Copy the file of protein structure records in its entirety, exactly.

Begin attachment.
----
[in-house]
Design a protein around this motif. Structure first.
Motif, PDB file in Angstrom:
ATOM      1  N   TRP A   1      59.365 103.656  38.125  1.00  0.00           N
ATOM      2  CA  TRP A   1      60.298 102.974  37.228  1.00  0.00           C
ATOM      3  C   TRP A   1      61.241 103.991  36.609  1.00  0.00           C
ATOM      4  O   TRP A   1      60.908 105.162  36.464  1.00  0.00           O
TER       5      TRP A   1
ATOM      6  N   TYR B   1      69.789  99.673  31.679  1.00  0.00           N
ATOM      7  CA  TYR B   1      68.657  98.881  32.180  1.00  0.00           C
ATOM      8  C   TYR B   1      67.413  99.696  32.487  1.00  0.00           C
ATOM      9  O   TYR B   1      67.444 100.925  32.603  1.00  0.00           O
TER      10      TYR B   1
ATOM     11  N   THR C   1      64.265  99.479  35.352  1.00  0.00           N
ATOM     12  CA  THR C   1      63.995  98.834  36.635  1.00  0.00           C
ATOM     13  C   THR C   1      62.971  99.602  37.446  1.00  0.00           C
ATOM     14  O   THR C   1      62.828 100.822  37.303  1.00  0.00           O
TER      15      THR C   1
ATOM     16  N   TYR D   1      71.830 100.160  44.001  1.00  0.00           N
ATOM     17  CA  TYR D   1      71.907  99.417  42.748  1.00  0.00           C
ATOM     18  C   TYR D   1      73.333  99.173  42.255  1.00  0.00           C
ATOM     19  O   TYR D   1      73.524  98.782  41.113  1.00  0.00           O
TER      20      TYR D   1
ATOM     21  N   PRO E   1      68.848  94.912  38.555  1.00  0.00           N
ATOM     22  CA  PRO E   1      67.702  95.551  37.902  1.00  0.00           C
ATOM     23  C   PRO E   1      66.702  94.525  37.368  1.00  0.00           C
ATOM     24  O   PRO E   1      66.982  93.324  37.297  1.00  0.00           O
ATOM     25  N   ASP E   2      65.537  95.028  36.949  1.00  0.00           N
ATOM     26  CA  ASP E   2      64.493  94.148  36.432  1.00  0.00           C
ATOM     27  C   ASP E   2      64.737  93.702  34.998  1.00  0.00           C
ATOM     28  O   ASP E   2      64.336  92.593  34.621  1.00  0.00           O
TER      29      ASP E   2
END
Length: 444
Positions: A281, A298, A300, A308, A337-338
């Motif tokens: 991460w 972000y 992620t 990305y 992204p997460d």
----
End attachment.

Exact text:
[in-house]
Design a protein around this motif. Structure first.
Motif, PDB file in Angstrom:
ATOM      1  N   TRP A   1      59.365 103.656  38.125  1.00  0.00           N
ATOM      2  CA  TRP A   1      60.298 102.974  37.228  1.00  0.00           C
ATOM      3  C   TRP A   1      61.241 103.991  36.609  1.00  0.00           C
ATOM      4  O   TRP A   1      60.908 105.162  36.464  1.00  0.00           O
TER       5      TRP A   1
ATOM      6  N   TYR B   1      69.789  99.673  31.679  1.00  0.00           N
ATOM      7  CA  TYR B   1      68.657  98.881  32.180  1.00  0.00           C
ATOM      8  C   TYR B   1      67.413  99.696  32.487  1.00  0.00           C
ATOM      9  O   TYR B   1      67.444 100.925  32.603  1.00  0.00           O
TER      10      TYR B   1
ATOM     11  N   THR C   1      64.265  99.479  35.352  1.00  0.00           N
ATOM     12  CA  THR C   1      63.995  98.834  36.635  1.00  0.00           C
ATOM     13  C   THR C   1      62.971  99.602  37.446  1.00  0.00           C
ATOM     14  O   THR C   1      62.828 100.822  37.303  1.00  0.00           O
TER      15      THR C   1
ATOM     16  N   TYR D   1      71.830 100.160  44.001  1.00  0.00           N
ATOM     17  CA  TYR D   1      71.907  99.417  42.748  1.00  0.00           C
ATOM     18  C   TYR D   1      73.333  99.173  42.255  1.00  0.00           C
ATOM     19  O   TYR D   1      73.524  98.782  41.113  1.00  0.00           O
TER      20      TYR D   1
ATOM     21  N   PRO E   1      68.848  94.912  38.555  1.00  0.00           N
ATOM     22  CA  PRO E   1      67.702  95.551  37.902  1.00  0.00           C
ATOM     23  C   PRO E   1      66.702  94.525  37.368  1.00  0.00           C
ATOM     24  O   PRO E   1      66.982  93.324  37.297  1.00  0.00           O
ATOM     25  N   ASP E   2      65.537  95.028  36.949  1.00  0.00           N
ATOM     26  CA  ASP E   2      64.493  94.148  36.432  1.00  0.00           C
ATOM     27  C   ASP E   2      64.737  93.702  34.998  1.00  0.00           C
ATOM     28  O   ASP E   2      64.336  92.593  34.621  1.00  0.00           O
TER      29      ASP E   2
END
Length: 444
Positions: A281, A298, A300, A308, A337-338
């Motif tokens: 991460w 972000y 992620t 990305y 992204p997460d």